Authors for Justice
I am a co-investigator on the Authors for Justice Project. This project seeks to support survivors of institutionalization to become authors of two print books (Wilfrid Laurier Press) to narrate their experiences and perspectives for posterity, and to contribute to our ongoing collective memory. Survivors of the Huronia, Rideau and Southwestern Regional Centers will be the authors of these books.
The term transinstitutionalization was initially developed to capture the movement of people with psychiatric diagnoses from psychiatric hospitals to prisons following deinstitutionalization. I (and others) use this term to discuss the numerous ways in which public and private institutions constrain the movement and choices of people labelled mentally ill.
I am specifically interested in the enactment of transinstitutionalization in Canada’s provinces and territories. I have recently completed a study on transinstitutionalization in Ontario and am now working on cross-provincial/territorial comparisons. This work draws together political economy and critical approaches to mental health care, to interrogate place-specific social, political and economic factors structuring Canada’s mental health care, income support, criminal justice, and housing systems, the implications for service users and the possibilities for positive social change. This work has been published in both peer-reviewed journals, such as the Canadian Journal of Disability Studies, and edited collections with Canadian university presses.
Homelessness on the Rural-Urban Fringe
Small municipalities on the rural-urban fringe (RUF) are among the fastest-growing communities in Canada, with some experiencing over 70% population growth from 2011-2016 (Statistics Canada, 2017). This rapid growth has created pressures on housing markets in rural-urban communities, generating crises of housing affordability and increases in homelessness. There is, however, very little research on homelessness on the RUF. I am a co-principal investigator on an arts-informed, community-engaged knowledge mobilization project, Transforming Policy Through Digital Storytelling: A Workshop and Symposium on Homelessness on the Urban-Rural Fringe. This project, in collaboration with Dr. Laura Pin (University of Guelph) and our community partner, Services and Housing in the Province, involves the co-production of a series of digital stories and webinars with fifteen individuals experiencing homelessness on Ontario’s rural-urban fringe. These digital stories and webinars will translate the ethnographic data we collected between 2017-2019 into a highly accessible format. This project centres a diverse group of storytellers, making visible the ways in which class intersects with race, ability, gender, age, and sexuality to shape people’s experiences of homelessness outside of urban centres, thereby making a substantial contribution to arts-informed, housing, and political geography scholarship.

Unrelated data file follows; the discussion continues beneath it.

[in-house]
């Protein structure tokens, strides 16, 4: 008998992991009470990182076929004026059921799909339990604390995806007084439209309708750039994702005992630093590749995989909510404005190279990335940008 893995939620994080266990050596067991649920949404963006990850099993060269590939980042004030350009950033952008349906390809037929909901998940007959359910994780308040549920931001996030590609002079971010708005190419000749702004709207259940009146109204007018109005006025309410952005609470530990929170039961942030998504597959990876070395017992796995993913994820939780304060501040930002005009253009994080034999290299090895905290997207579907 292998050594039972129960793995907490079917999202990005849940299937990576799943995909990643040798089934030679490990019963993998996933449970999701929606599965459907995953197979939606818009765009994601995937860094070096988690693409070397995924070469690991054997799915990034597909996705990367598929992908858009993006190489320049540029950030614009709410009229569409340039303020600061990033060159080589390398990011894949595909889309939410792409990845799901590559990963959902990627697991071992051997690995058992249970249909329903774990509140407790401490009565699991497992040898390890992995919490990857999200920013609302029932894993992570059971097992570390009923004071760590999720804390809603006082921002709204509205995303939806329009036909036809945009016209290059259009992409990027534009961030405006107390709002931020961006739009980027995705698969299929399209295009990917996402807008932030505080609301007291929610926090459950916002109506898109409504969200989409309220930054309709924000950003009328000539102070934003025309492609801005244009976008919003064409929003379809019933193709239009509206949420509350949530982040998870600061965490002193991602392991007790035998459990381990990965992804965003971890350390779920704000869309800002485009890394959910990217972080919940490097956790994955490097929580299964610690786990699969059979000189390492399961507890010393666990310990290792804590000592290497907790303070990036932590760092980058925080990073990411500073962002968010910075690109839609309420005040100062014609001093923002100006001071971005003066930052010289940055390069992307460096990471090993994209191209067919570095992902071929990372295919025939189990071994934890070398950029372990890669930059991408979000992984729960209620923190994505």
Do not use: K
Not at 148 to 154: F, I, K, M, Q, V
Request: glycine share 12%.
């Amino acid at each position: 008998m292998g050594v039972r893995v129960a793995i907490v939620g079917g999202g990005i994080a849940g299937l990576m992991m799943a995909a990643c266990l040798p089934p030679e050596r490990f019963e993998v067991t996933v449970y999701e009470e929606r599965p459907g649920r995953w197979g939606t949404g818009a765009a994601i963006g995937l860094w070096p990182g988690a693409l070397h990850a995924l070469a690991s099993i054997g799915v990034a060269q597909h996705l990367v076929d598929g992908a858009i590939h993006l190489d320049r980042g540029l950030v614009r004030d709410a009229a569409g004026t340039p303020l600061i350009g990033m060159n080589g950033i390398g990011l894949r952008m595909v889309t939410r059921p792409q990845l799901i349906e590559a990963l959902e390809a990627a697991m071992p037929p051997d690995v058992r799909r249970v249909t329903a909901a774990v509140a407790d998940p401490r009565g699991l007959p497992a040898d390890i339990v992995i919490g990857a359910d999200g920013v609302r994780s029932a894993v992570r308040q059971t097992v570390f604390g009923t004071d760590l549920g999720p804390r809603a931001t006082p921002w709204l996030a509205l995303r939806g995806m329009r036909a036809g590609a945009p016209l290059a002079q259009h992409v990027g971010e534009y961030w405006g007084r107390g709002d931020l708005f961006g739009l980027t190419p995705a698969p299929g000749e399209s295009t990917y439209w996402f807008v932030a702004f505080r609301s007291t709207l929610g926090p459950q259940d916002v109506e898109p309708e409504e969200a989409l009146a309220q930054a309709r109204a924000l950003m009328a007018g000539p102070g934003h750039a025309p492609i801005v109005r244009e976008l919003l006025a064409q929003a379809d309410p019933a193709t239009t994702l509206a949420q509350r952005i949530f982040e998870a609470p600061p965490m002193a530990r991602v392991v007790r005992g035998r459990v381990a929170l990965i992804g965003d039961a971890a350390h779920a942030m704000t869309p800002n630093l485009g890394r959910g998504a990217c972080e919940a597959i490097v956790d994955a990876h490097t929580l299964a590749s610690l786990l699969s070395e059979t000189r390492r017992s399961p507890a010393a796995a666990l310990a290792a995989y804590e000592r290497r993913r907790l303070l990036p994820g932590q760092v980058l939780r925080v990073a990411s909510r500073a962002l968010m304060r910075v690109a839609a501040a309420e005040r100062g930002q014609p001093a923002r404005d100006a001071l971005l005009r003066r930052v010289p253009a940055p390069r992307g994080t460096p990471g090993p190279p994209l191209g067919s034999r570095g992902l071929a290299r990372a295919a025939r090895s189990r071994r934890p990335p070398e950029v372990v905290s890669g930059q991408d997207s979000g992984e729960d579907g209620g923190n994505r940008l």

Intimate Constraints Experienced by People with Mental Illness Labels
The UN Convention on the Rights of Persons with Disabilities (CRPD) recognizes “the right of all persons with disabilities who are of marriageable age to marry and to found a family on the basis of free and full consent of the intending spouses”. Although Canada is a signatory of the CRPD, there are many barriers to biological reproduction, parenting, romantic relationships and sexual relationships among people with disabilities. Many of these barriers arise from systems of social provisioning that presume a single, male service user. This research identifies and analyzes the constraints placed on the intimate lives of people with disabilities in Canada, paying close attention to gendered differences, and proposes avenues for social change. My work in intimate constraints has been published as peer-reviewed journal articles and chapters in edited volumes including the forthcoming Madness, Power and Violence: A Critical Collection.
With the inclusion of “Hoarding Disorder” in the DSM-V (2013), numerous assessment tools, intervention strategies, and associated academic literatures have emerged Yet, the experiences of people labelled as “hoarders” are missing from these materials. My research on hoarding seeks to incorporate the expertise of people assigned “Hoarding Disorder” labels into the growing body of hoarding literature.